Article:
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Spectral Lines: Spectral lines correspond to temperature in the 7 different classes of
stars- The coolest stars demonstrate spectral lines of molecules and neutral metals while
the hottest, bluest stars’ source of spectral lines are ionized helium atoms; the hotter the
gas, the faster the molecules or atoms move, the more likely electrons will be disturbed or
disrupted; emission and absorption lines depend on electron orbital structure of atoms.
Star Equilibrium: Main-sequence star equilibrium is determined by individual mass and
chemical compositions. Nuclear reactions result in disturbance of equilibrium, leading the
stellar evolution. Hydrogen-burning lifetime = (mass/luminosity) x 9 billion years, since
larger stars have higher interior temperatures, faster use of nuclear fuel and faster
Nuclear Reactions: Main-sequence stars convert hydrogen to helium.
Doppler Effect: Blue-shifts or red-shifts in stars; by measuring wavelengths, velocities
of stars moving towards or away can be studied; shift in wavelength divided by the
wavelength at rest equals approach or recession speed divided by the velocity of light;
can determine the following basic properties of stars- rotation, atmospheric motions,
circumstellar material and motion; evidence for the expansion of universe.
Measuring tangential velocity: This is the motion of the star perpendicular to the line of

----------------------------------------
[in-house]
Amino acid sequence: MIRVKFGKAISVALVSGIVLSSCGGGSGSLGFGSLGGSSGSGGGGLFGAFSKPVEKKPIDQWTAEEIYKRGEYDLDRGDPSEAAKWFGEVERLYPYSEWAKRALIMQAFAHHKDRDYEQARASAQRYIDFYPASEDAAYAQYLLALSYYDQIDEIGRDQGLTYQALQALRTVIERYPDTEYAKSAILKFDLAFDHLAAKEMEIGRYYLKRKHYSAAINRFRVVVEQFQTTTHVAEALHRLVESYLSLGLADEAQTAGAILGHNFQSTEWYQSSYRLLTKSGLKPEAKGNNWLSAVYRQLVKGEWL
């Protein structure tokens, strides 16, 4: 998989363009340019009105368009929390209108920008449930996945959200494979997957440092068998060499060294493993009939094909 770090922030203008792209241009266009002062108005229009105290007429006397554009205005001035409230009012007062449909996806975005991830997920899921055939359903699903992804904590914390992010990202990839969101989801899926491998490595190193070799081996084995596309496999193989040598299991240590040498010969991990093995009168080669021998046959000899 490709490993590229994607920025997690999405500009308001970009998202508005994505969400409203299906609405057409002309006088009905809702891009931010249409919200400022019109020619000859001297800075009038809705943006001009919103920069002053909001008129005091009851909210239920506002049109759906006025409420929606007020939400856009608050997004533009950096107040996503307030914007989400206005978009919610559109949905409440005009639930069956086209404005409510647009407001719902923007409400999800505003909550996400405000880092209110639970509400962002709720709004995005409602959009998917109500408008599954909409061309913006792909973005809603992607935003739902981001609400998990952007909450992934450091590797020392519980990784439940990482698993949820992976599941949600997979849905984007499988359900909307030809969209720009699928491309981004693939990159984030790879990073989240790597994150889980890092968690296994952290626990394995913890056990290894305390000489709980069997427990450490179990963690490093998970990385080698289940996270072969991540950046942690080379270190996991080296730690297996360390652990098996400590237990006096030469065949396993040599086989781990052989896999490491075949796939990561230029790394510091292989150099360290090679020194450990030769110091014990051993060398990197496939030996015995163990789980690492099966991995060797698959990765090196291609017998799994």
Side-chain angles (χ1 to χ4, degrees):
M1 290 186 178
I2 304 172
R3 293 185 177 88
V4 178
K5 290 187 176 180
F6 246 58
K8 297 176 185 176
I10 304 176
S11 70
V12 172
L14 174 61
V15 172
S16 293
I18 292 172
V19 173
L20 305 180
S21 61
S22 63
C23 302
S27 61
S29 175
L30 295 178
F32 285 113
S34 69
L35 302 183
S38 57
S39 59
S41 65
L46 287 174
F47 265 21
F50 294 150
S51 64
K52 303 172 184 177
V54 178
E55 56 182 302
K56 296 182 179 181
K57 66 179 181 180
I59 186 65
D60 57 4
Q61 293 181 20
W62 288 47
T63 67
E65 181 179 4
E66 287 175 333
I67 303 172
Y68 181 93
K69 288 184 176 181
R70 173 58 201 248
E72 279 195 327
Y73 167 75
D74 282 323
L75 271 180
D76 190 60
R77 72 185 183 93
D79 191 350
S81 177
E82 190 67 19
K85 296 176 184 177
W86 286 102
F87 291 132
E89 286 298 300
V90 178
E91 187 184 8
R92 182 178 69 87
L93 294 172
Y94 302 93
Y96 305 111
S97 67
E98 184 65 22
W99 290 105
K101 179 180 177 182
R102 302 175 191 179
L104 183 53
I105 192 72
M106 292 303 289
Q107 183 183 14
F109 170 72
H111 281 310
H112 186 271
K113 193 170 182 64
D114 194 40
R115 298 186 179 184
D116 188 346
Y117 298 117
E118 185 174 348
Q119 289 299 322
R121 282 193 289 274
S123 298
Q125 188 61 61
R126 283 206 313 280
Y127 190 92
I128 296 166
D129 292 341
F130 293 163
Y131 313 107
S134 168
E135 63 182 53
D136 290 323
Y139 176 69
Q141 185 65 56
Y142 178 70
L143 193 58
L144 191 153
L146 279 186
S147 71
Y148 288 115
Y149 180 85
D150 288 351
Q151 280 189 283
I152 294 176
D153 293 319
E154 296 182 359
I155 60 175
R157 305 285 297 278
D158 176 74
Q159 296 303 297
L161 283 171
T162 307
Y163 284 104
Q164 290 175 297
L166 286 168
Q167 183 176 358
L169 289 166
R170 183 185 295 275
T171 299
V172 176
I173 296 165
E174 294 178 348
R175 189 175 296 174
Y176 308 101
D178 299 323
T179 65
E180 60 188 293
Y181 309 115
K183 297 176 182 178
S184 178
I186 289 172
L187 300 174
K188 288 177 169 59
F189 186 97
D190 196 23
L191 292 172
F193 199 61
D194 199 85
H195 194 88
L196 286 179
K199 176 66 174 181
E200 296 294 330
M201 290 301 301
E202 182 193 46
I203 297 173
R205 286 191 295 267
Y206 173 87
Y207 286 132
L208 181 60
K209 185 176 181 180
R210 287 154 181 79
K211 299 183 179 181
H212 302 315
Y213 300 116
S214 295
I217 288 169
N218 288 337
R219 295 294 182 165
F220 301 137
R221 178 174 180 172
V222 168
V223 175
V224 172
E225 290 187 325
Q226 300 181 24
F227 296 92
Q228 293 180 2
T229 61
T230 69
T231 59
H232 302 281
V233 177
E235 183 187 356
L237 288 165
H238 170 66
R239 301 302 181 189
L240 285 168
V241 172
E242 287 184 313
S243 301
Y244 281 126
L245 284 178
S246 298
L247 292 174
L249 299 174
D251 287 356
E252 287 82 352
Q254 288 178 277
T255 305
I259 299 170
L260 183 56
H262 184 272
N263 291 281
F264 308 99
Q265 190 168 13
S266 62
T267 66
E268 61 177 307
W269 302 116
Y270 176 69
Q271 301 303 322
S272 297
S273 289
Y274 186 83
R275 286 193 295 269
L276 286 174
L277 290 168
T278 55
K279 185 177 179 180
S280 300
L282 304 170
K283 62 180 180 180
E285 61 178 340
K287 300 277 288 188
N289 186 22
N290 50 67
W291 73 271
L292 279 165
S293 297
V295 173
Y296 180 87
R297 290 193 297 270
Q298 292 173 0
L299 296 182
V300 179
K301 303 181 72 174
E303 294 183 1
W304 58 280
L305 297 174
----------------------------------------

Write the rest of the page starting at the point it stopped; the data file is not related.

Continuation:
sight, determined from measurements of the distance to the star, and the rate of angular
motion across the sky.
Stellar Forces: Gravity pulls inward on stellar particles, while gas pressure, radiation
pressure and magnetic support push outwards. The balance between pressure and gravity
is called hydrostatic equilibrium.
Wien’s Law: W= 0.00290/T, where W is the wavelength at which the maximum amount
of radiation comes from a body of temperature T. The law has implications for the
prediction of infrared stars or star-nebula complexes.
Inverse Square Law: This is the relation describing any entity, like radiation or gravity,
that varies as 1/r^2, where r is the distance of the entity from source.
Parallax determination: Parallax, the apparent shift in the position of an object caused
by a shift in the observer’s position, gives the distance to the object using trigonometry.